Concepts: Minimally invasive, Invasive, Invasiveness of surgical procedures, Tears, Nasolacrimal duct, Nasolacrimal canal


As a result of increased use of CT in both screening and daily practice, the number of early lung cancers has increased enormously. Surgeons pursue both curativity and reduced invasiveness in treating patients with early stage lung cancer; therefore, minimally invasive operations, such as video-assisted thoracoscopic surgery (VATS) lobectomy are now being routinely performed. Most previous reports have shown that there is no difference in mortality and local recurrence between open surgery and VATS in stage I patients. However, surgeons' improved technical experience and patients' demands could soon make VATS lobectomy the operative method of choice for early stage lung cancer. Moreover, the indications for VATS are expanding to encompass complex procedures such as segmentectomy or sleeve resection. Training and dissemination of the technique and the monitoring of outcomes are necessary.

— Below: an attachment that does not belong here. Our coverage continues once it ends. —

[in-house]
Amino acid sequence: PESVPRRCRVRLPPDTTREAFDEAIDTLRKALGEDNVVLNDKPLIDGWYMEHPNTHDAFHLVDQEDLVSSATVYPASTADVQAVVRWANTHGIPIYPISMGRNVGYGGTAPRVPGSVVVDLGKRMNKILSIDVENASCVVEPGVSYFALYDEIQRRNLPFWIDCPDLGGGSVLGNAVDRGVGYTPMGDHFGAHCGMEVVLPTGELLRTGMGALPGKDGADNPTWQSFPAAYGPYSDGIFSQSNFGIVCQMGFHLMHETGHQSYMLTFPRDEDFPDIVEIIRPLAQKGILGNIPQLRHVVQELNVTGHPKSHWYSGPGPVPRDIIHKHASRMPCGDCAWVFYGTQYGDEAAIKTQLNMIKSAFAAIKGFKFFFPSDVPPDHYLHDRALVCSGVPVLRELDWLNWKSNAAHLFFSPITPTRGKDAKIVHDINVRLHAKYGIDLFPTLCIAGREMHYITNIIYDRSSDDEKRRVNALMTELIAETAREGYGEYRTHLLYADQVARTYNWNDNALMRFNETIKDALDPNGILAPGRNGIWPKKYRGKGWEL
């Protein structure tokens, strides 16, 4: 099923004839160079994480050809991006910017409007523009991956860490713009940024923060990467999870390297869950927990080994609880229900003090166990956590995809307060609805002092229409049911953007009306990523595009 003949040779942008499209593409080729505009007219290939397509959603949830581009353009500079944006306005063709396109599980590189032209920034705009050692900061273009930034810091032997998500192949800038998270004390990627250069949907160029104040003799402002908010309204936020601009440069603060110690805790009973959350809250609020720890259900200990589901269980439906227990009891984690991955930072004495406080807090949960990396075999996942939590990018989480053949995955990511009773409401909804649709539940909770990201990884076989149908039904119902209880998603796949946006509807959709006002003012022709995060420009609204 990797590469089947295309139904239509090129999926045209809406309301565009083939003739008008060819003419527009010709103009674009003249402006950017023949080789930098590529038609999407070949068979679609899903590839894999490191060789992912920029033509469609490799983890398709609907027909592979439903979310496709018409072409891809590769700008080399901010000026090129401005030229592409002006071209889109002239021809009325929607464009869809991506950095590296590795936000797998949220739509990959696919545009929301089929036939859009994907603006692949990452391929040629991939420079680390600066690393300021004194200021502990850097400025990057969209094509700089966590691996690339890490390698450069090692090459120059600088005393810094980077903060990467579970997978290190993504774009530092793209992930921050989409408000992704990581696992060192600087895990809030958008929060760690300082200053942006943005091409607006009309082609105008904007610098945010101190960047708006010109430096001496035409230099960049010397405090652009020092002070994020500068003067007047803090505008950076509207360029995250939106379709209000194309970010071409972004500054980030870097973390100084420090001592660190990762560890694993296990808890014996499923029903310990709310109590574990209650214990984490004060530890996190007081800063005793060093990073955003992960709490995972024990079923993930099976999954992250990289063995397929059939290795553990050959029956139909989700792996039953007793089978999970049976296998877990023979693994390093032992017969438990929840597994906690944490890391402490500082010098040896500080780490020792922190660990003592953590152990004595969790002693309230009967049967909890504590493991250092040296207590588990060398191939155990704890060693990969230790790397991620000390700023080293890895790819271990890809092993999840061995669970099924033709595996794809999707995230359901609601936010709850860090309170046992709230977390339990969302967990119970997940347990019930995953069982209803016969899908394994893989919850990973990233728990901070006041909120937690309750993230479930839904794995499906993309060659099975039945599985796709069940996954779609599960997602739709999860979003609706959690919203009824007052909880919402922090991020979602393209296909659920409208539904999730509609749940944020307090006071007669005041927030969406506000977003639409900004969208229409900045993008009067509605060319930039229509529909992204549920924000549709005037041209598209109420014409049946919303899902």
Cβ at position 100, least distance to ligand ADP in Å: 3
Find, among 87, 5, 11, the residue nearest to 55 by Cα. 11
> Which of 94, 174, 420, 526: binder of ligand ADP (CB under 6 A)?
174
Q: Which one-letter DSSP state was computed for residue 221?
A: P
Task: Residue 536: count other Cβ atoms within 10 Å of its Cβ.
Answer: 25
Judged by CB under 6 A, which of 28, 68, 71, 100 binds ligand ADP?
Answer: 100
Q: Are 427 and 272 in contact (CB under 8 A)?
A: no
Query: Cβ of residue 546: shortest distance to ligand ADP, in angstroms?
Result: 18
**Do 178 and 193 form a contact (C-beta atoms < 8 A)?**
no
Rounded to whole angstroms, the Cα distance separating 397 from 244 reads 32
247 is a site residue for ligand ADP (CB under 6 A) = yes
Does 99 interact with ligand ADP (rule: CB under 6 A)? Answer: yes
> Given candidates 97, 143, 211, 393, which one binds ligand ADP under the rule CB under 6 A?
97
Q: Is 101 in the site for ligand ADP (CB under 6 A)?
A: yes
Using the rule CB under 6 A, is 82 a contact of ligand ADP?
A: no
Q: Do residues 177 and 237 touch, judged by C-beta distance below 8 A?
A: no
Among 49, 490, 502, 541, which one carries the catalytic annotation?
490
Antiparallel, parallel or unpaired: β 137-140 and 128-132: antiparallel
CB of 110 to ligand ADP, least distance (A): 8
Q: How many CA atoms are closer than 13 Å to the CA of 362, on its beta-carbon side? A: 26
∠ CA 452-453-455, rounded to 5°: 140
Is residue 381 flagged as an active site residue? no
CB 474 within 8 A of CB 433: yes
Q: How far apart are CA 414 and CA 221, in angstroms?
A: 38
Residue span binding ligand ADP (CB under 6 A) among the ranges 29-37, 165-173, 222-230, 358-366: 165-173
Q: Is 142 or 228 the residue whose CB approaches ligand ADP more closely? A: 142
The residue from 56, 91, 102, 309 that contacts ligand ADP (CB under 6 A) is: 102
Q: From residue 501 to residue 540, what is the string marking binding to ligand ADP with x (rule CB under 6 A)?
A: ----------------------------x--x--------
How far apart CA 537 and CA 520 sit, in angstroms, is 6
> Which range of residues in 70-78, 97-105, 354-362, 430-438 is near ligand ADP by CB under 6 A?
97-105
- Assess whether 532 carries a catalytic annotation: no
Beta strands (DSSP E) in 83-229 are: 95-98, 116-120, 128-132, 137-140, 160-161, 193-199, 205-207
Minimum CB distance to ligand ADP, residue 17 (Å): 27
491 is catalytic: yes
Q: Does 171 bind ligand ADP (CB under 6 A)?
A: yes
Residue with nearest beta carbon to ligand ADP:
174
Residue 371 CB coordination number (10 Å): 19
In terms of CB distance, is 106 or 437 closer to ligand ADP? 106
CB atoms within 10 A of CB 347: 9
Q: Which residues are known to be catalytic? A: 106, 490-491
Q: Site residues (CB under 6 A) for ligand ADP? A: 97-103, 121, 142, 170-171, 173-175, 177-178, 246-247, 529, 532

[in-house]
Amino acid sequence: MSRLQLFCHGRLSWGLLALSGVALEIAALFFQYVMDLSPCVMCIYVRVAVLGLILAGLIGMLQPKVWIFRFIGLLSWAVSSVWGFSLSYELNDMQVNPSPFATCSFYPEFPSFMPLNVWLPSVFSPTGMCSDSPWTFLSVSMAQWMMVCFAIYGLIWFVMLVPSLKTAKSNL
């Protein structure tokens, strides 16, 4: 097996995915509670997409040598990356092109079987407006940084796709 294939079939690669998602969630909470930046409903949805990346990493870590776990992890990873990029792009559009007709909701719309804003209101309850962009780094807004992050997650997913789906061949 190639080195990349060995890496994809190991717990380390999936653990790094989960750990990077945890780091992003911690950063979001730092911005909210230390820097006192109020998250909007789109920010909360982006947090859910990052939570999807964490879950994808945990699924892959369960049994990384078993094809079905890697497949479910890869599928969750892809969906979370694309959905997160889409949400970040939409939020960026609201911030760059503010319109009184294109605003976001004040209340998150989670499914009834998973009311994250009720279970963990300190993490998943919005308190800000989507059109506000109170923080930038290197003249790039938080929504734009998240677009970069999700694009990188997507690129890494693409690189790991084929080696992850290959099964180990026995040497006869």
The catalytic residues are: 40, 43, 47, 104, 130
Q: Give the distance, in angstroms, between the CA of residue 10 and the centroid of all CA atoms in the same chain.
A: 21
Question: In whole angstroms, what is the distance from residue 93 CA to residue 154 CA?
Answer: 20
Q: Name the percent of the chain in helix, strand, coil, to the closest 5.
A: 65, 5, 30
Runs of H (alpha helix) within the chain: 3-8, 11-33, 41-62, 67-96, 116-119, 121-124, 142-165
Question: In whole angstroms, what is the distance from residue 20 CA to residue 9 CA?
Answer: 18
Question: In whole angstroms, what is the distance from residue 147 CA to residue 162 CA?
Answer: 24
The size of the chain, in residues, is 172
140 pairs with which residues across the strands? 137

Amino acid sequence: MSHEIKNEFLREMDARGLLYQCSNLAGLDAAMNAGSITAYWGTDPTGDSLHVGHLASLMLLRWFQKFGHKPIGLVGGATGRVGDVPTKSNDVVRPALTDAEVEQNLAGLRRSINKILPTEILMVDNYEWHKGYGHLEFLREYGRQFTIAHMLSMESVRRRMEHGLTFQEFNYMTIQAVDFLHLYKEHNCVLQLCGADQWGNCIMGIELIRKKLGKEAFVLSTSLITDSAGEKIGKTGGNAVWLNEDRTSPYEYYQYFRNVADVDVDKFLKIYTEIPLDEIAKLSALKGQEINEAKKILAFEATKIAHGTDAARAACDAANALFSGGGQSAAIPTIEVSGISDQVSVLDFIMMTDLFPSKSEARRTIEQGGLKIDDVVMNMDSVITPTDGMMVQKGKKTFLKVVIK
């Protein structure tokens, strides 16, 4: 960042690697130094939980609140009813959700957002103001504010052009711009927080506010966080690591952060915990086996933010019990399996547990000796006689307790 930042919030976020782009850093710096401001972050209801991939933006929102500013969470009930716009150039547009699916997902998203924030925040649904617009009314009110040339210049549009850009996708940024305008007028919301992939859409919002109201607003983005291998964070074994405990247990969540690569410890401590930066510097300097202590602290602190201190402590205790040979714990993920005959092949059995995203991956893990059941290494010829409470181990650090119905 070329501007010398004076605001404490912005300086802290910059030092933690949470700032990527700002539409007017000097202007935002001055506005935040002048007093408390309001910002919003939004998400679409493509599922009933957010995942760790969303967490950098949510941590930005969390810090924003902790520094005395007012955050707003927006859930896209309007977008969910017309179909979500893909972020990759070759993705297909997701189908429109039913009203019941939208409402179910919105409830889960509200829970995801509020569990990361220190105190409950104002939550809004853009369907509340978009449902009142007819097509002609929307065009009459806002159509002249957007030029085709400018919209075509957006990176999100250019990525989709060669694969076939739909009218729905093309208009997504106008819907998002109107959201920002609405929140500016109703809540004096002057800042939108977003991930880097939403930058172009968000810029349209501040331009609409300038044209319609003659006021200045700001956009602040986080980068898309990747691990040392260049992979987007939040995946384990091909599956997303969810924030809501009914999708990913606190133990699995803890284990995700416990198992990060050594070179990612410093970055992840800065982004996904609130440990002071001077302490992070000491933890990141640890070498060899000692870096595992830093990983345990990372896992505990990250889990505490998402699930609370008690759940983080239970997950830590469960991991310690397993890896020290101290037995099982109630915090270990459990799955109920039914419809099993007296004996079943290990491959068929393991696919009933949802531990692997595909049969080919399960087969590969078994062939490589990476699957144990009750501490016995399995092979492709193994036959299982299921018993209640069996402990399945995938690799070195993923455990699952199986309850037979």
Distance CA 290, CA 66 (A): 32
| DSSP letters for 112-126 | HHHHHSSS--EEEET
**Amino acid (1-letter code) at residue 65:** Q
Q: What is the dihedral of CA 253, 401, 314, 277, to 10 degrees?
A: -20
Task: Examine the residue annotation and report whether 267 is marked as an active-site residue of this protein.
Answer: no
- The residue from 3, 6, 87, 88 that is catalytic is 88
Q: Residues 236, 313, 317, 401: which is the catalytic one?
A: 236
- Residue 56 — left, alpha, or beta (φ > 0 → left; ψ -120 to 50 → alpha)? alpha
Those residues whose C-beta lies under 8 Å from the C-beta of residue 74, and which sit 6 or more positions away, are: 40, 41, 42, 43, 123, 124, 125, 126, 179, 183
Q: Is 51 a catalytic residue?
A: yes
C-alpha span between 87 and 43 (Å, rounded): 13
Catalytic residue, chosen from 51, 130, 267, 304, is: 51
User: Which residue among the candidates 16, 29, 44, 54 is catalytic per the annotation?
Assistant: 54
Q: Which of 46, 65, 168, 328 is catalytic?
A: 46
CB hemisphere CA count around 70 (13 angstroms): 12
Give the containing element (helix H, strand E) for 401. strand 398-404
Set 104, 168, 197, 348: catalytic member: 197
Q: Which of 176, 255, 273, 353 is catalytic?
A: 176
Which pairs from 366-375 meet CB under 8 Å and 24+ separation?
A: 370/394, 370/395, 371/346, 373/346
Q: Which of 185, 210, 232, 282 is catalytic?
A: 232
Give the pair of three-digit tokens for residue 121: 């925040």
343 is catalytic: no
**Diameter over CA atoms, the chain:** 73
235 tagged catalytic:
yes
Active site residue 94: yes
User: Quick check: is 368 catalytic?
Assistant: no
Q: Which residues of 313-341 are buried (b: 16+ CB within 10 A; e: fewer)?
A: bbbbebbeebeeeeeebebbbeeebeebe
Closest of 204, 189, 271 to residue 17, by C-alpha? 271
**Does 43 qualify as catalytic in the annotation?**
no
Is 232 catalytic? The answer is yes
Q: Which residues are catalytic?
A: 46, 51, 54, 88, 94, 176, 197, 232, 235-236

Concepts: Cancer, Lung cancer, Cancer staging, Surgery, Minimally invasive, Invasiveness of surgical procedures, Open surgery, VATS lobectomy


Central pulse pressure (cPP) is increasingly investigated as possible independent predictor of cardiovascular risk and carotid pulse pressure (carPP) can be used as a surrogate of cPP. Despite its importance, carPP measurement remains challenging in clinical practice. The aim of this study was to introduce a new easier-to-use method for noninvasive carPP evaluation based on the use of a MEMS accelerometer.

Concepts: Medical terms, Blood pressure, Evaluation methods, Pulse, Invasiveness of surgical procedures


Minilaparoscopy is an attractive approach for hysterectomy due to advantages such as reduced morbidities and enhanced cosmesis. However, it has not been popularized due to the lack of suitable instruments and high technical demand. We aim to highlight the first case of laparoscopic hysterectomy performed with percutaneous instruments (The Percuvance™ System, Teleflex Incorporated,USA) that represents a significant advance in minimally invasive surgery.

Concepts: Surgery, Minimally invasive, Hysterectomy, Invasiveness of surgical procedures